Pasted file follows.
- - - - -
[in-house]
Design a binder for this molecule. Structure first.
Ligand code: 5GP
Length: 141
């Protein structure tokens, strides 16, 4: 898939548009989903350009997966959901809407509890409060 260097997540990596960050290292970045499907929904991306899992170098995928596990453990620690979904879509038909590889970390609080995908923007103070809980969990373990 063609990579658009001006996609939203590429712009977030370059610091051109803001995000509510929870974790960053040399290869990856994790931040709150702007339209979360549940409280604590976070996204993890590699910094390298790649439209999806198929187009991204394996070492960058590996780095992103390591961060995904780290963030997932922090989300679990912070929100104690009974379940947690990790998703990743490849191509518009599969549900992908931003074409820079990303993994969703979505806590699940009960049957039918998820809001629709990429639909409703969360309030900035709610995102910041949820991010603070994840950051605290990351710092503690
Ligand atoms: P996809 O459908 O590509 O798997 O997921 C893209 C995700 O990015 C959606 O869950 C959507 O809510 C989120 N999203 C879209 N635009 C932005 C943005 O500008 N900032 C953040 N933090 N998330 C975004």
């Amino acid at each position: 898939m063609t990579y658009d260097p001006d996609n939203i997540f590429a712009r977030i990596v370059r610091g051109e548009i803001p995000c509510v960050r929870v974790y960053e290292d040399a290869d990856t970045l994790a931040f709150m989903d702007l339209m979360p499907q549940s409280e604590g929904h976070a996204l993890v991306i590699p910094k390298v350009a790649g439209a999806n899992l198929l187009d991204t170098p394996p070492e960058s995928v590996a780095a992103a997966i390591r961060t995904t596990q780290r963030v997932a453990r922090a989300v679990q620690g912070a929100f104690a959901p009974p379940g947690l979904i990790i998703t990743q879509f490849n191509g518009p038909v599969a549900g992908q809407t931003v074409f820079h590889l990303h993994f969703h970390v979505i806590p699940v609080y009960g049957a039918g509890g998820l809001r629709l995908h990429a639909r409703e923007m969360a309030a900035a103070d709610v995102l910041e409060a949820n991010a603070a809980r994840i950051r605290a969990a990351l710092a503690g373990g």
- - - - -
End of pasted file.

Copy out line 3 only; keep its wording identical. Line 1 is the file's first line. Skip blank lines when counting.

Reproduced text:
Ligand code: 5GP